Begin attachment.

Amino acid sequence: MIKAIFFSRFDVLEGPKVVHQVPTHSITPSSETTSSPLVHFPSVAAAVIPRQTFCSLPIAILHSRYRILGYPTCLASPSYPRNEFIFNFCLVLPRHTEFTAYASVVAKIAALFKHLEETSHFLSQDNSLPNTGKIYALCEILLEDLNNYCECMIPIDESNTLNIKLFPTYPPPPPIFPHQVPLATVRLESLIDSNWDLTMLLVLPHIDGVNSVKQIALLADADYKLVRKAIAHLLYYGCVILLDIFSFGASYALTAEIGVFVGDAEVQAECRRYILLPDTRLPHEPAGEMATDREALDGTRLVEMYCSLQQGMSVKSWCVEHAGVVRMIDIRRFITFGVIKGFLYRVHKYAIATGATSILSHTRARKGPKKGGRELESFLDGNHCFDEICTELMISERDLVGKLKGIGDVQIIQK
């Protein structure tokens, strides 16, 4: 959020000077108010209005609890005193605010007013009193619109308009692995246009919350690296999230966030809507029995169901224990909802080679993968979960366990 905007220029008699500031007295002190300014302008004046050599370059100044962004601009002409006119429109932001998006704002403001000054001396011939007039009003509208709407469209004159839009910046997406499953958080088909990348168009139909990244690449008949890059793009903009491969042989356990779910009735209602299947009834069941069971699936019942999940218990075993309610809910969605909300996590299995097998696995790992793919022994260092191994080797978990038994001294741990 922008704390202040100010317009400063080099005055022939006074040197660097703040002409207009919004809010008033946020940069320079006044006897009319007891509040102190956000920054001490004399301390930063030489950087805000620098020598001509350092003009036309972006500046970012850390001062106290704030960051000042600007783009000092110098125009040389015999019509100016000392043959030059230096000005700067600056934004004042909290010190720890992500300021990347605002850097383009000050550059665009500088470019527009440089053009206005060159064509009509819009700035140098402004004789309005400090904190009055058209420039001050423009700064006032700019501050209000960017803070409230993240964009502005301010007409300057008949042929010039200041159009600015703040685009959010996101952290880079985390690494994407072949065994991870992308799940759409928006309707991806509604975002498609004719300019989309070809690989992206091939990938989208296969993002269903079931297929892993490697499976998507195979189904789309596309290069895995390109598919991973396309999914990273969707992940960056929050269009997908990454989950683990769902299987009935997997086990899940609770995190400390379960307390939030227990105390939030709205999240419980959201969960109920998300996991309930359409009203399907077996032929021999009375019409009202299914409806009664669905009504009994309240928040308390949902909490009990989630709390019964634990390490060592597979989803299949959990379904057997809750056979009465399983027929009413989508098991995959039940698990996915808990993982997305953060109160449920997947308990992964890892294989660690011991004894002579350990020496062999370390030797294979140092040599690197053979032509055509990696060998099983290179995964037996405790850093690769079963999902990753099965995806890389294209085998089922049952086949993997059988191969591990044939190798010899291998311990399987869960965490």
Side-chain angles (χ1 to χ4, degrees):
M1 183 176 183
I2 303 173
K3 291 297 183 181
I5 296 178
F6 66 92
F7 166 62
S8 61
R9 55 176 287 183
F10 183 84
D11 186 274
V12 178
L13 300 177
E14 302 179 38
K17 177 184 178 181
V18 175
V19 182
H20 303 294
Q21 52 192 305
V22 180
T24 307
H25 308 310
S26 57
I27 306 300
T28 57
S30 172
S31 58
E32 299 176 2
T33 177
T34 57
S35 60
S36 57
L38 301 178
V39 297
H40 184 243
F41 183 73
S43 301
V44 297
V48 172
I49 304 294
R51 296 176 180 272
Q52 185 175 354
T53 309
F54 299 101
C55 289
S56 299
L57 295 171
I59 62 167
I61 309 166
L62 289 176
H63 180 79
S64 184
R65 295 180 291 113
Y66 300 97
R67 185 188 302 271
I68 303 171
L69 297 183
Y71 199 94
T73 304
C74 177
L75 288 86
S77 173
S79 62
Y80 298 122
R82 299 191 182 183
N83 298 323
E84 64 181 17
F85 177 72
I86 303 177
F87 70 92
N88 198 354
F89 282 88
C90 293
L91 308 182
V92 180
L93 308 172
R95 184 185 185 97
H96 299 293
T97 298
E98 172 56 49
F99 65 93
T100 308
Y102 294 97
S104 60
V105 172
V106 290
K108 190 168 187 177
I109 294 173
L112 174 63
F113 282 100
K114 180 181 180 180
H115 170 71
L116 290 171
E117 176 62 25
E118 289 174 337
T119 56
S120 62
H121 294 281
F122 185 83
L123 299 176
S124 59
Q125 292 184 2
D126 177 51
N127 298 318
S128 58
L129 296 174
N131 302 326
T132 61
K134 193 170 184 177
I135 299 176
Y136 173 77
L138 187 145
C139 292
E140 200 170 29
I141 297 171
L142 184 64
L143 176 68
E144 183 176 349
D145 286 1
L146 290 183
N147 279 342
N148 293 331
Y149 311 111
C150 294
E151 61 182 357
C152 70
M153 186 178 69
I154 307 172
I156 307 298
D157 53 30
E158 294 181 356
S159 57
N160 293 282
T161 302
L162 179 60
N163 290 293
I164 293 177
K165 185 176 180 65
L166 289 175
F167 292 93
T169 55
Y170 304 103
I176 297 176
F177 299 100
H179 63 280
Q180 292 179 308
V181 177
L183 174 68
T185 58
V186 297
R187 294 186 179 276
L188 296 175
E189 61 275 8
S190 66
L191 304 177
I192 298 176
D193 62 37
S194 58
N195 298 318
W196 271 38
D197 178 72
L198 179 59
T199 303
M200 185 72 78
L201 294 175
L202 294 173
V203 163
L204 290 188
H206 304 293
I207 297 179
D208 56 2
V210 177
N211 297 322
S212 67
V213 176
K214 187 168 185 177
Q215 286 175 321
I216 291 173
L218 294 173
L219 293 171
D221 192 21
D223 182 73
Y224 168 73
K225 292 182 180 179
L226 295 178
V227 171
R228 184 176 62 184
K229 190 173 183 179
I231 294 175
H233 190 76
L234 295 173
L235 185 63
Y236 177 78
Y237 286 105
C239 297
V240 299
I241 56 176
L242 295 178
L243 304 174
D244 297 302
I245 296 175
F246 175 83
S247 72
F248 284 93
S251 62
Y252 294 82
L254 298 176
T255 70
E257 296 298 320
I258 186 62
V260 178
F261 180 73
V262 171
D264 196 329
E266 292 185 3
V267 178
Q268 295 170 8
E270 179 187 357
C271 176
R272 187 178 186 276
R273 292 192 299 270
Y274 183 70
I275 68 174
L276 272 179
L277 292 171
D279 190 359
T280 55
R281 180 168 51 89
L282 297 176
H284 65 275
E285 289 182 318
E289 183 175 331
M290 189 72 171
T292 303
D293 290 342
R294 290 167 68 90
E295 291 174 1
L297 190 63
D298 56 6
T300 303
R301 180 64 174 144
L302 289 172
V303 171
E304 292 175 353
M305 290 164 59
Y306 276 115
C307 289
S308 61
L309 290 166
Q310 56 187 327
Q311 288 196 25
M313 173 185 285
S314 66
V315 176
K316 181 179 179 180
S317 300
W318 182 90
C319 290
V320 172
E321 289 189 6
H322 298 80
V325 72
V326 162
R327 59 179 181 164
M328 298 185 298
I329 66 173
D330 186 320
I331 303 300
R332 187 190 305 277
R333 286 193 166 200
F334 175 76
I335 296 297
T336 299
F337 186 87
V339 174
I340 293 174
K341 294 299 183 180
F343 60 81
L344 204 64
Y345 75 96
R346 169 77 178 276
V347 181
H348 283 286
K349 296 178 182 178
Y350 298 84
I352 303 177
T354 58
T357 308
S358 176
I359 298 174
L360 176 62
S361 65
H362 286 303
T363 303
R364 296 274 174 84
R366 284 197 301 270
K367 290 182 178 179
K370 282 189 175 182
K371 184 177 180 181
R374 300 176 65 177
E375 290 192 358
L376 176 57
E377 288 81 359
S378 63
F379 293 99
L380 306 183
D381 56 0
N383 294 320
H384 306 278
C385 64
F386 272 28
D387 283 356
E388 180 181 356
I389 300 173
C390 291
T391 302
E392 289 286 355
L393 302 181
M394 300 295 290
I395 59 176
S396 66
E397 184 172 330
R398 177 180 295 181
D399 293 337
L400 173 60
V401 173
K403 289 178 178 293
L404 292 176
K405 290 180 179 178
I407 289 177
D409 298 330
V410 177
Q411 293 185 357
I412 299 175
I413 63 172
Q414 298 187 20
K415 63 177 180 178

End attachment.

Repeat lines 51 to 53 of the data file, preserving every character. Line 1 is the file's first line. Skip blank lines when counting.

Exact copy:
I61 309 166
L62 289 176
H63 180 79